Review: Sierra Rep's telling of singer's life story is first rate

COLUMBIA — It's more than a little ironic that the singer who recorded "Stand By Your Man" had five marriages.

One of the top country artists of the 1970s, Tammy Wynette had a wild ride of a life that included picking cotton in Mississippi, raising four daughters, getting a beautician's license and having a romance with Burt Reynolds.

It's all covered in Sierra Repertory Theatre's fascinating musical "Stand By Your Man: The Tammy Wynette Story."

Written by Mark St. Germaine, the show debuted in Nashville in 2001 and features 28 classic country hits, including "D-I-V-O-R-C-E," " 'Til I Can Make It on My Own," "We're Gonna Hold On" and the title song.

Filling out Wynette's often sad ballads are several foot-stomping, upbeat hits by her most famous husband, George Jones, including "Why Baby Why," "The Race is On," "Love Bug" and "White Lightning."

The show opens with Wynette's death at age 55 in 1998 and features the deceased singer looking at flashbacks of her life under the guidance of her mother.

You don't have to be a country music fan to appreciate the first-rate singing by everyone in this top-notch cast. Sierra Rep certainly has recruited the best of the best to appear in the show.

Stephanie Adlington, who stars in the title role, captures Wynette's Southern drawl and ambling pace. She comes off as sympathetic, and you root for her to succeed at every turn. Ernest L. Hall exudes magnetic charm as Jones, flashing a bright smile whenever he comes on stage. The pair have great chemistry in their frequent duets.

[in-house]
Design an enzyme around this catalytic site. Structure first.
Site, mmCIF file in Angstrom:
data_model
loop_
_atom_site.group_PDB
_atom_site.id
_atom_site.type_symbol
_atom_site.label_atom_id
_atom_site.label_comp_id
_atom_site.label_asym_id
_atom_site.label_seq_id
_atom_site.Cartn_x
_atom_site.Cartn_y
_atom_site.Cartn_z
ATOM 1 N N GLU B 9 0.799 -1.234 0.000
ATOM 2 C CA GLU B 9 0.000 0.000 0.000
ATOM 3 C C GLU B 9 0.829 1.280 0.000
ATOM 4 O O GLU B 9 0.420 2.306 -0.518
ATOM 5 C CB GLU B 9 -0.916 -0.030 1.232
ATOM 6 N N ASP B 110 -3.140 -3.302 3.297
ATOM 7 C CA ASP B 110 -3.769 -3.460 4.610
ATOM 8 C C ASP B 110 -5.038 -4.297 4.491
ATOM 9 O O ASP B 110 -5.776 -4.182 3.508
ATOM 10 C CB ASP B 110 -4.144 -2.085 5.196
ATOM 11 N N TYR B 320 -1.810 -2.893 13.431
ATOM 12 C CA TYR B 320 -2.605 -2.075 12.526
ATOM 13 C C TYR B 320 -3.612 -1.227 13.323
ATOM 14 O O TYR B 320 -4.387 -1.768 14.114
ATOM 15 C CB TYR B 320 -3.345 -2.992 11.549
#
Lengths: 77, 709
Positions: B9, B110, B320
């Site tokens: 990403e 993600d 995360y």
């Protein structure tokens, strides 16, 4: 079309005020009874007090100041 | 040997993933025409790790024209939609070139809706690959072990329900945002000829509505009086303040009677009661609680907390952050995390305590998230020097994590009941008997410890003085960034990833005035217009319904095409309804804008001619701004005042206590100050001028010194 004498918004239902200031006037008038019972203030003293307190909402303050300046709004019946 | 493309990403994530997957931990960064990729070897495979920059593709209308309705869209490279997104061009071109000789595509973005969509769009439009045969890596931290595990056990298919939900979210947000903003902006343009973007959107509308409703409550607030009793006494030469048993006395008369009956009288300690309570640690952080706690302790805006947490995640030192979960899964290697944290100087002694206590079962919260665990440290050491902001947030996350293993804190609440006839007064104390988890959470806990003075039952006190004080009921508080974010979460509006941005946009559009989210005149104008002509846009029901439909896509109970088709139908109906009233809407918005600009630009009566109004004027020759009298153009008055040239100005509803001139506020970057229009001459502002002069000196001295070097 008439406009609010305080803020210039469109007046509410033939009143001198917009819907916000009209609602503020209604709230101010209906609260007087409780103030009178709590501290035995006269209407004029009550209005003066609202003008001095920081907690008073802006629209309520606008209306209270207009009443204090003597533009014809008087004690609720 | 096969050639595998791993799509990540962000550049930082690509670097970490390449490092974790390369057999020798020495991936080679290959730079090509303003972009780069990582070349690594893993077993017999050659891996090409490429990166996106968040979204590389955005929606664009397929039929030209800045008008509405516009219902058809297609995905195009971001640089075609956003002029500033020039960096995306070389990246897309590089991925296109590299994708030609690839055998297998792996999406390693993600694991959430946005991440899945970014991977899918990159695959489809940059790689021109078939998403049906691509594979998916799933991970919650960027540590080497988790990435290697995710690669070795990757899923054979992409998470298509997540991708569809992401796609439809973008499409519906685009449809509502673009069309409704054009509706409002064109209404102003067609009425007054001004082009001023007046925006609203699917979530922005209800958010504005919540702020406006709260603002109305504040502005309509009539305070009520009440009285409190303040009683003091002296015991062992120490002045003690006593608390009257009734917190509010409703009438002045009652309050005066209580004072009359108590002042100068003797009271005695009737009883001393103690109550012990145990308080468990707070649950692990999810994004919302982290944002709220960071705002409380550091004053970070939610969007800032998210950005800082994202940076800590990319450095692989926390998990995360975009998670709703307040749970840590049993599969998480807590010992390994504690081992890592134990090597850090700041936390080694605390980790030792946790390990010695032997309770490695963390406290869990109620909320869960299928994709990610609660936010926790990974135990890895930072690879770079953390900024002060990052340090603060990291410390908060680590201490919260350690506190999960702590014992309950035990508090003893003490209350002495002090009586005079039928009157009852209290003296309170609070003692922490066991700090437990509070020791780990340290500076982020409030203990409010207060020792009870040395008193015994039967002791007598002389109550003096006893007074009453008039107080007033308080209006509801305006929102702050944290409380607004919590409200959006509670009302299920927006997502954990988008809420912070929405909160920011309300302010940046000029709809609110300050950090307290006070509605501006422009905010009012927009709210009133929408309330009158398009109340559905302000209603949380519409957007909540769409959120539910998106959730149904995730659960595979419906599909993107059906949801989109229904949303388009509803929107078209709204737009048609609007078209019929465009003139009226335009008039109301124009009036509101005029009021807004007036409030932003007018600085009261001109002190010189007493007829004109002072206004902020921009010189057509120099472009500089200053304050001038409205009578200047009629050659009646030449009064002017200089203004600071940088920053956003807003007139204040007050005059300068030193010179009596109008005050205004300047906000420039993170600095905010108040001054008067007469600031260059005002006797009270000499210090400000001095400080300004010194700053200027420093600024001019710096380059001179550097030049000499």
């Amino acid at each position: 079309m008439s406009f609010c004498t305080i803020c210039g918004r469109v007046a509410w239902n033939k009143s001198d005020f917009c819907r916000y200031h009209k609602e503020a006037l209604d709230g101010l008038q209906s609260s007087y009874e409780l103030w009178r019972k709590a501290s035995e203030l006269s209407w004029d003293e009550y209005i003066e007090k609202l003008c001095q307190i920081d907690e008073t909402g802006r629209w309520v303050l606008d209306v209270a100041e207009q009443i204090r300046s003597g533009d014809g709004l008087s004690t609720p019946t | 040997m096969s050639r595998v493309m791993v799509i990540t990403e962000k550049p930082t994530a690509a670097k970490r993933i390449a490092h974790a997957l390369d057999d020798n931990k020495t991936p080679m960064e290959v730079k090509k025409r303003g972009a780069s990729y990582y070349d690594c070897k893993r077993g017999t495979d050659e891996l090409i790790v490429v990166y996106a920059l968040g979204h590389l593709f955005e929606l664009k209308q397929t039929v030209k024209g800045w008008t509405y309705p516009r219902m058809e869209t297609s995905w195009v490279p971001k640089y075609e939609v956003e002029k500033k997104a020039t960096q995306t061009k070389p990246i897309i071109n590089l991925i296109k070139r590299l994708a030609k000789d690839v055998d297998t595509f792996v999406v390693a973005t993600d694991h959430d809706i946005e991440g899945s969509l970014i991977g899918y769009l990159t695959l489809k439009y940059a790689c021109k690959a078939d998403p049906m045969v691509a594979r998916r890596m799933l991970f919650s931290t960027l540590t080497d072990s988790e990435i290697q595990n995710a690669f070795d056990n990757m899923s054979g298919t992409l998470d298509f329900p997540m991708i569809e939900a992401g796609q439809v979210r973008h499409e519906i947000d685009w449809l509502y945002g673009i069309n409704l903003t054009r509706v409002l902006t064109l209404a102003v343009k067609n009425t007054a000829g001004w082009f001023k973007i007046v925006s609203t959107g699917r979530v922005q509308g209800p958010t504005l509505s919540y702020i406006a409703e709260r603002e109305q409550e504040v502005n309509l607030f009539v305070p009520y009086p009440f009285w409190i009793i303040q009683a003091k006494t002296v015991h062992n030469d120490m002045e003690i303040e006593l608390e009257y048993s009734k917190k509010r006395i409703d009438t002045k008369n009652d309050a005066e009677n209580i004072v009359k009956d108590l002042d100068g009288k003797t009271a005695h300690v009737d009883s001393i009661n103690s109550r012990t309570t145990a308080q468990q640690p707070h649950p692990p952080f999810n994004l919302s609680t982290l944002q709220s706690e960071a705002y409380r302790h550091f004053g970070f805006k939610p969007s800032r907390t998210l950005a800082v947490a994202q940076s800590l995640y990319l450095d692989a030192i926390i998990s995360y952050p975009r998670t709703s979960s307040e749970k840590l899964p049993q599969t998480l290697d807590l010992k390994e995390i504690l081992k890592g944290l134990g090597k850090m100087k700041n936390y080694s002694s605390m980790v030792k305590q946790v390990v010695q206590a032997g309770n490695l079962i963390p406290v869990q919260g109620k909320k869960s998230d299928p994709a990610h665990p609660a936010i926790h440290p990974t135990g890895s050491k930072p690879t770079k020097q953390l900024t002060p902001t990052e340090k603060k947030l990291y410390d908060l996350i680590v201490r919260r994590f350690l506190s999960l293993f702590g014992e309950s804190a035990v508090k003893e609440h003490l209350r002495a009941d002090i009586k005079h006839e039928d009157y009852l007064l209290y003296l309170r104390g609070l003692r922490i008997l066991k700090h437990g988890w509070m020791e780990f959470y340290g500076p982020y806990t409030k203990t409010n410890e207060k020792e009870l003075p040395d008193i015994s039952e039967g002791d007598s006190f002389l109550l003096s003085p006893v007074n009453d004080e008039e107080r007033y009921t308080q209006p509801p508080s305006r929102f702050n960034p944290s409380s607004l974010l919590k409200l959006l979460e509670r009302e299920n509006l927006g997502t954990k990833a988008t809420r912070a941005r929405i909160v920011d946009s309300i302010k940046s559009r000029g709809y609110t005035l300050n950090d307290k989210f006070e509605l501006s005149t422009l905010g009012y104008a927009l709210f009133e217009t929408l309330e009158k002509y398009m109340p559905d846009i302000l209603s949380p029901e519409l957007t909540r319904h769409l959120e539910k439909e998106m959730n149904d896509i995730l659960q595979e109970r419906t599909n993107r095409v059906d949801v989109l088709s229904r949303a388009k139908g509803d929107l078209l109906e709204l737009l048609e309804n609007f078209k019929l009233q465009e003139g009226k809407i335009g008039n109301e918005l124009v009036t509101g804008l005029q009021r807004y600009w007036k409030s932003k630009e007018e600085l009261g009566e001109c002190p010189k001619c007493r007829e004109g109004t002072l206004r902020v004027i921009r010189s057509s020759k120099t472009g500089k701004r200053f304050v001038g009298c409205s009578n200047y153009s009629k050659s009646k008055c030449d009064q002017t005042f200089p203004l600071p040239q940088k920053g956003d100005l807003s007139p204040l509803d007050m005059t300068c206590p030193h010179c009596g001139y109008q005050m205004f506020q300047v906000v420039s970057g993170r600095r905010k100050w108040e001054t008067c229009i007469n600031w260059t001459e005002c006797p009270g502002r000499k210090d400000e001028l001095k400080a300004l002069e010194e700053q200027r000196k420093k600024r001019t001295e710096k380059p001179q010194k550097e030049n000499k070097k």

Lillian McLeod is blunt as Wynette's mother, "Mee Maw," while John Walbolt and Steve Marvel stay mostly in the background as Wynette's other husbands.

Michelle K. Foletta is perky as both young Tammy and Tammy's daughter Tina, and Justin Fatz is brash as Wynette's producer Billy Sherrill. Laura Michelle Hughes and Paul Binotto adeptly fill in the rest of the cast in several small roles.

Director Michael Licata keeps the pace moving at a rapid clip, and set designer Noble Dinse creatively provides settings for a bedroom, hospital room, farm, recording studio and huge "Tammy" sign that lights up on the very small stage.

Costume designer Clinton O'Dell contributes fun 1970s costumes that include pantsuits, long frilly dresses and jackets with ultra wide collars.

That people still love to hear these old country songs was made abundantly clear at the well-attended Sunday matinee at Fallon House. The audience hummed along to the music and gave the cast a standing ovation.

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